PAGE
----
Yesterday I expressed some frustration with the fact that the IPCC’s attempt to summarise its latest report on the potential impacts of climate change lacked clear guidance on the what we’re in for if we don’t act to curtail carbon emissions.
Then I read one scientist’s quote which seemed to so sharply cut through the 30 chapters and hundreds and hundreds of pages of the report to give us the very essence of what’s important. Dr Rachel Warren, from the UK’s Tyndall Centre and a co-ordinating lead author on the Emergent Risks and Key Vulnerabilities chapter of the IPCC’s impacts assessment, said:
“There’s a lot we can’t adapt to even at 2 C [degrees}. At 4 C [degrees] the impacts are very high and we cannot adapt to them. Reducing emissions reduces global temperature rise, and also the rate of temperature rise. This makes it easier to the adapt to the remaining impacts. We’ve left it too late to reduce emissions enough to avoid all of the impacts of climate change, but we could still avoid a large proportion of them by reducing emissions soon, and fast.”
To better appreciate her point you need to delve into Chapter 19, and in particular section 19.5. This details the kind of impacts we are likely to see with 4 degrees of warming. As pointed out yesterday, forecasts by the International Energy Agency suggest that on the basis of current government policies, emissions are likely to reach a level where we have an even-money chance of exceeding 4 degrees (above pre-industrial levels) by the end of the century.
To take one important example, in agriculture the effects of global warming aren’t all bad in the short-term and with moderate warming. While we would probably see losses in agricultural yields in tropical and mid-latitudes even with just 2 degrees of warming (see this article – Countdown to a crop yield cut – for a rundown on the latest research), there would be compensating improvements in yields at higher northern latitudes. But to underline the severity of a 4-degree rise the IPCC notes that even for Finland this would lead to a reversal of earlier gains in agricultural yield and ultimately “substantial reductions”.
Also, rainfall effects would be devastating in some regions with the report noting that annual runoff is projected to fall by up to 75 per cent across the Danube, Mississippi, Amazon and Murray Darling river basins.
Also, Chapter 7 notes:
Under scenarios of high levels of warming, leading to local mean temperature increases of 3-4 degrees or higher, models based on current agricultural systems suggest large negative impacts on agricultural productivity and substantial risks to global food production and security (medium confidence).
Furthermore, emerging research has found that while increased levels of CO2 will enhance growth, it could lead to reductions in the nutritional value of crops. Chapter 19 notes:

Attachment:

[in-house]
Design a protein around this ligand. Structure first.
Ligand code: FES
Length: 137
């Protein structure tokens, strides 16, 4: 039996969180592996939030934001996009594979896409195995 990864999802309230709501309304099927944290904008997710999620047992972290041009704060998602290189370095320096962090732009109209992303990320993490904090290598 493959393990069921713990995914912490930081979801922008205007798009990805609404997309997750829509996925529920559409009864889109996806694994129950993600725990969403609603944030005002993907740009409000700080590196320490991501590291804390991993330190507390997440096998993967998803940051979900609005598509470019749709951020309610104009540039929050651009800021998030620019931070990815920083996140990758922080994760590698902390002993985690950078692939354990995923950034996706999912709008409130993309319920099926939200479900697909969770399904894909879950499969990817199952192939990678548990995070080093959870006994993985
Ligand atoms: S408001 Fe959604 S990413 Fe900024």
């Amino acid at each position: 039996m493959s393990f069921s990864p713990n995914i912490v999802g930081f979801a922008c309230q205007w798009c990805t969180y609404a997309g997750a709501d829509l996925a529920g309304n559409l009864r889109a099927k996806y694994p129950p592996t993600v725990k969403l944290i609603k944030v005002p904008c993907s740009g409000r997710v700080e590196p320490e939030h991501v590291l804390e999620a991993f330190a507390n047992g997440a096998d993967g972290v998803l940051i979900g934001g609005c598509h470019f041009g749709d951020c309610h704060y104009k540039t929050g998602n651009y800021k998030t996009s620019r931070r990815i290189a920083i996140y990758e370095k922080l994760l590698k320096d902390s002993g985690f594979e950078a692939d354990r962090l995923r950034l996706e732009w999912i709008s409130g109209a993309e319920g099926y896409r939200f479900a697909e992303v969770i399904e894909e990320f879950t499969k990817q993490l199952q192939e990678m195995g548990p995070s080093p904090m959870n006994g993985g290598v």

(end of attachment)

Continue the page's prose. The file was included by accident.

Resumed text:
A prominent example of the effect of elevated atmospheric CO2 is the decrease in the nitrogen (N) concentration in vegetative plant parts as well as in seeds and grains and, related to this, the decrease in the protein concentrations. Experimental studies of increasing CO2 to 550 ppm demonstrated effects on crude protein, starch, total and soluble Β-amylase, and single kernel hardiness, leading to a reduction in crude protein by 4 to 13% in wheat and 11 to 13% in barley. Other CO2 enrichment studies have shown changes in the composition of other macro- and micronutrients (Ca, K, Mg, Fe, Zn) and in concentrations of other nutritionally important components such as vitamins and sugars
Another example it cites of the limits to adaptations from a 4-degree world is just sheer heat stress:
Under 4-degree warming most of the world land area will be experiencing 4 to 7-degree higher temperatures than the recent past which means that important tipping points for health impacts may be exceeded in many areas of the world during this century, including coping mechanisms for daily temperature/humidity making potentially large areas seasonally uninhabitable for normal human activities, including growing food or working outdoors (high confidence).
Is it too late?
Chapter 19 of the report notes that there are very few analyses that have demonstrated we could feasibly contain warming to 1.5 degrees with a 50 per cent chance or better. However, a number of studies have shown that it is still technically feasible to achieve a 50 per cent of chance or better of keeping temperature rise to 2 degrees. But they note that these studies include:
...a number of idealised assumptions, including availability of a wide range of mitigation technologies such as large-scale renewable and biomass energy, and carbon capture and storage (CCS). Most also assume universal participation in mitigation efforts beginning immediately, economically optimal reductions (i.e., reductions are made wherever they are cheapest), and no constraints on policy implementation.
It looks like we better prepare ourselves to adapt to at least a 2-degree warmer world. But we really don’t want to be forcing our children and grandchildren to have to adapt to a 4-degree warmer planet.